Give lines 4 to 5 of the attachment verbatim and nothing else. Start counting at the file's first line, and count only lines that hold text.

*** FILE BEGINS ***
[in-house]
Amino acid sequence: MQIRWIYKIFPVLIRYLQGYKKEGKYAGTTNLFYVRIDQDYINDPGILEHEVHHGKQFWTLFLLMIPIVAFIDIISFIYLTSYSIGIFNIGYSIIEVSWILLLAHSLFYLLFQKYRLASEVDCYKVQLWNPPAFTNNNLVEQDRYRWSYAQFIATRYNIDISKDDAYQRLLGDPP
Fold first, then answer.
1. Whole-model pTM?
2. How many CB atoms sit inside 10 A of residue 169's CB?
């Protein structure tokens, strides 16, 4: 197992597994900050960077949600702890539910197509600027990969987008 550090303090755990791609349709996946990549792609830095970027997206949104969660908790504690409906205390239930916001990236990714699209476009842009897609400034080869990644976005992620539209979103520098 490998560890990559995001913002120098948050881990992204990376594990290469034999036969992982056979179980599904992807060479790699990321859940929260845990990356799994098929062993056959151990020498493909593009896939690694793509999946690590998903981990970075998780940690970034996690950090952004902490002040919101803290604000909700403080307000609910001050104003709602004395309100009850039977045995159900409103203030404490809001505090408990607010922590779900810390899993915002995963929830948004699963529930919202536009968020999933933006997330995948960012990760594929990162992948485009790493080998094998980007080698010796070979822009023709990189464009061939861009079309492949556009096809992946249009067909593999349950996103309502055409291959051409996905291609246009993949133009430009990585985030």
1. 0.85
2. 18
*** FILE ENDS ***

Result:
1. Whole-model pTM?
2. How many CB atoms sit inside 10 A of residue 169's CB?